The threat of a five-day strike at Barnsley College forced a sudden change of heart from college management last week.
The strike was to stop management imposing compulsory redundancy UCU union on joint branch secretary Graham Mustin. It was due to start on Friday of last week.
But on Thursday management offered Graham a new job at the college.
Graham told Socialist Worker, “I’m very pleased and everyone’s quite upbeat about it. It was a big thing for people to commit to five days of strikes. But this is a result for united action.”
Management had tried desperately to undermine our unity and determination. They blamed the dispute on “extreme” elements. They demanded we arrange full cover for the classes we were going to miss—and instructed managers to monitor this.
None of these tactics weakened our resolve.
Branch activists toured the staffrooms on Friday after the management climbdown. Our message was that solidarity, and a willingness to resist can win. It went down well.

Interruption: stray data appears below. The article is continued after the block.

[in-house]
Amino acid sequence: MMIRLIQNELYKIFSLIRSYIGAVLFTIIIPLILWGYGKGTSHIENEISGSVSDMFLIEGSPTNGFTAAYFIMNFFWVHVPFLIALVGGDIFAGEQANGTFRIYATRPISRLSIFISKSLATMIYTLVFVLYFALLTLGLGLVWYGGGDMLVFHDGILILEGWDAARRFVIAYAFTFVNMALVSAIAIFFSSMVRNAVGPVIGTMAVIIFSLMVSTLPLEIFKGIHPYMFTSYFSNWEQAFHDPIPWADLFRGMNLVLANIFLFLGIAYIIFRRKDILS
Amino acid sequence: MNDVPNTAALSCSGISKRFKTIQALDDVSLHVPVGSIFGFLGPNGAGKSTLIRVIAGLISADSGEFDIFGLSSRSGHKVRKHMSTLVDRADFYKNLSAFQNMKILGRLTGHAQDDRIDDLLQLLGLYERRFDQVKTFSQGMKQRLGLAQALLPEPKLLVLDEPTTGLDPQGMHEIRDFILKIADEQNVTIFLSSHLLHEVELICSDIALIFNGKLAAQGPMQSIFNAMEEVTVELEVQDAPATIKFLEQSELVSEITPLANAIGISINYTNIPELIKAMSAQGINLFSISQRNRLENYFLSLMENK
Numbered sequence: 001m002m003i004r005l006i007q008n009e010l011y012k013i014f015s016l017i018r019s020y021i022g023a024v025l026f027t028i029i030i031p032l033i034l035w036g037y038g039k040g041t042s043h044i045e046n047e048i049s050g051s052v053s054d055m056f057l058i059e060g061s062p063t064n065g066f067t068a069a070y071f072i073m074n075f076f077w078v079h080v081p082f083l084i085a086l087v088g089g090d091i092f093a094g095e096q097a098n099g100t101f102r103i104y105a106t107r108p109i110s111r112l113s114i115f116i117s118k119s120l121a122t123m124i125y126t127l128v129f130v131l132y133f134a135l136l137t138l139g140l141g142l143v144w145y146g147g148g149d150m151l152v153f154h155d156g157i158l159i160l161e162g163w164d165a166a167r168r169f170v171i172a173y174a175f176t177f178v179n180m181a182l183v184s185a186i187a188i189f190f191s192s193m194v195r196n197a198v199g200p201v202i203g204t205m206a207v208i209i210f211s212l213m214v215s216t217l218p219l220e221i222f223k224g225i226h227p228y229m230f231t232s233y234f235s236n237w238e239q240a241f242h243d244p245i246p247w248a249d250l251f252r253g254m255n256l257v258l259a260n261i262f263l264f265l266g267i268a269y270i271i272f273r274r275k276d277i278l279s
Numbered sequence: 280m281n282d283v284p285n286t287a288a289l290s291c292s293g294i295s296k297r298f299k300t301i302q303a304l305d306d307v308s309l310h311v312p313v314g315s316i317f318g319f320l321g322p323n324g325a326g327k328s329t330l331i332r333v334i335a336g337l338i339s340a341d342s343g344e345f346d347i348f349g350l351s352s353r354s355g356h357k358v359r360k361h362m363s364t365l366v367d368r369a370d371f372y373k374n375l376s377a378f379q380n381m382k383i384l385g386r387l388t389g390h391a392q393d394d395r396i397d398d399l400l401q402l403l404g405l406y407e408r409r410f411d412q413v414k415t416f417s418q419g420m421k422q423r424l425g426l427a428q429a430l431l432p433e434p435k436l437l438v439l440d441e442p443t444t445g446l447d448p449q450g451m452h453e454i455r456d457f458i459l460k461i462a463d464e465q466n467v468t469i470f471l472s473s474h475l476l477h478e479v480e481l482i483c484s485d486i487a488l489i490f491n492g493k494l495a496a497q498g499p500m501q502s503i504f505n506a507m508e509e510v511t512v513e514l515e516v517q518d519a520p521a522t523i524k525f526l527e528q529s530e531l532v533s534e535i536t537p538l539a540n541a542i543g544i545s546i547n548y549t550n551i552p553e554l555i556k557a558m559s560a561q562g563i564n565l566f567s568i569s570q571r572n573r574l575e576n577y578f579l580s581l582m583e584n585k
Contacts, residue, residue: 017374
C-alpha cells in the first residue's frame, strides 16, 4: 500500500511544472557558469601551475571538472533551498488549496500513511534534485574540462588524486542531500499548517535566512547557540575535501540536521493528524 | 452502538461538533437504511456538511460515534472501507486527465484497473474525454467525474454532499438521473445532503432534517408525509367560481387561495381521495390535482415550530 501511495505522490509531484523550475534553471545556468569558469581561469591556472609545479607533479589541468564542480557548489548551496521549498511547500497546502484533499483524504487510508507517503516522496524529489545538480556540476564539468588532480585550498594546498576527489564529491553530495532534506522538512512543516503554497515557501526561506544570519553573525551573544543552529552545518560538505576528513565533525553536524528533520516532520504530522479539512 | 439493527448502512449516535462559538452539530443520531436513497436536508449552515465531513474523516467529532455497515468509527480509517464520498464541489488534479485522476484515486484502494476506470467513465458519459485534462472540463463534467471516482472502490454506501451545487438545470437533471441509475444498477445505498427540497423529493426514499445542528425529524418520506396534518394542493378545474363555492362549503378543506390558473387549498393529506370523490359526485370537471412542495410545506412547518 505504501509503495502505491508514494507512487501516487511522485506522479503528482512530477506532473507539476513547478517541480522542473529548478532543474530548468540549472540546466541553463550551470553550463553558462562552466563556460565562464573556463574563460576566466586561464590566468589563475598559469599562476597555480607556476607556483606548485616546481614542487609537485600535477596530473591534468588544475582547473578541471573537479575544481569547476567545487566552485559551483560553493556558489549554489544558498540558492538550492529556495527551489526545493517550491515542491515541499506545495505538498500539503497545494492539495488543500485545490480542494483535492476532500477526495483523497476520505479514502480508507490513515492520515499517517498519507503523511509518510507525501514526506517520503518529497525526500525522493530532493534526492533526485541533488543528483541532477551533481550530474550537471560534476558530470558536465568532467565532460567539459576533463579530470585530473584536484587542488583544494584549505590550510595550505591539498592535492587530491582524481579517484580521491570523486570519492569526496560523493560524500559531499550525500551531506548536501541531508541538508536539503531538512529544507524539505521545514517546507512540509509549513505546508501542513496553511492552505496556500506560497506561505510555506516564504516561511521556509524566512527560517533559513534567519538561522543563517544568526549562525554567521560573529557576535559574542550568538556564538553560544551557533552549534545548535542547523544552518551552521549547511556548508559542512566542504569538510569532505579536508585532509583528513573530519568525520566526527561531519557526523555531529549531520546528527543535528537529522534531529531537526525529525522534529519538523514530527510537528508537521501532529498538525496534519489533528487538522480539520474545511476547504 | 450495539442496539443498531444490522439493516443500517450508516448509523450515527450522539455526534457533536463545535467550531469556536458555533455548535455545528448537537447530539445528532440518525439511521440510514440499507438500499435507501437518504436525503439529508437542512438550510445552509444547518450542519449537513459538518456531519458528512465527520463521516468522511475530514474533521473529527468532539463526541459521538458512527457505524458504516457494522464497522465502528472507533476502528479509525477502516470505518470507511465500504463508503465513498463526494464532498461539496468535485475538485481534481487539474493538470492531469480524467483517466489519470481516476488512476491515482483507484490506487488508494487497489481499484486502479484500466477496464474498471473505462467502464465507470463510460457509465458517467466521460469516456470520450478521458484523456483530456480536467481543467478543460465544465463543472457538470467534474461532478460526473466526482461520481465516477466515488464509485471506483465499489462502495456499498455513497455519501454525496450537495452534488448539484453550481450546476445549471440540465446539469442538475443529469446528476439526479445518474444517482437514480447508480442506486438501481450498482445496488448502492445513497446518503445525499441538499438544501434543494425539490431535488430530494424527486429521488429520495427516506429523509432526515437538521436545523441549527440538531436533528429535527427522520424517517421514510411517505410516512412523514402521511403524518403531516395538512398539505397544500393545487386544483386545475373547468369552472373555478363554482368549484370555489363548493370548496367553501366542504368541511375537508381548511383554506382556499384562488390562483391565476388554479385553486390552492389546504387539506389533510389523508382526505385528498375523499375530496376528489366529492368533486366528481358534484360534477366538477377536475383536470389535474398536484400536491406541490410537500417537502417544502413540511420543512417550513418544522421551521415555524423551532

This dispute started in May and has been our most militant campaign ever. We’ve had four strike days and three demonstrations. We have had excellent support from our students.
And we have been overwhelmed by messages of support and donations from branches of UCU and other unions.
We have not won everything. Many UCU members left on voluntary severance when we had urged them to stay and fight.
Some of these are back doing their old work on the new casualised contract—for a fraction of their former wage. Graham has had to take a pay cut and is on a three‑month trial.
But this victory puts us in a stronger position to fight in the future. As Graham put it, “This result can lift people. And we can now start focusing on the strikes on 30 November.”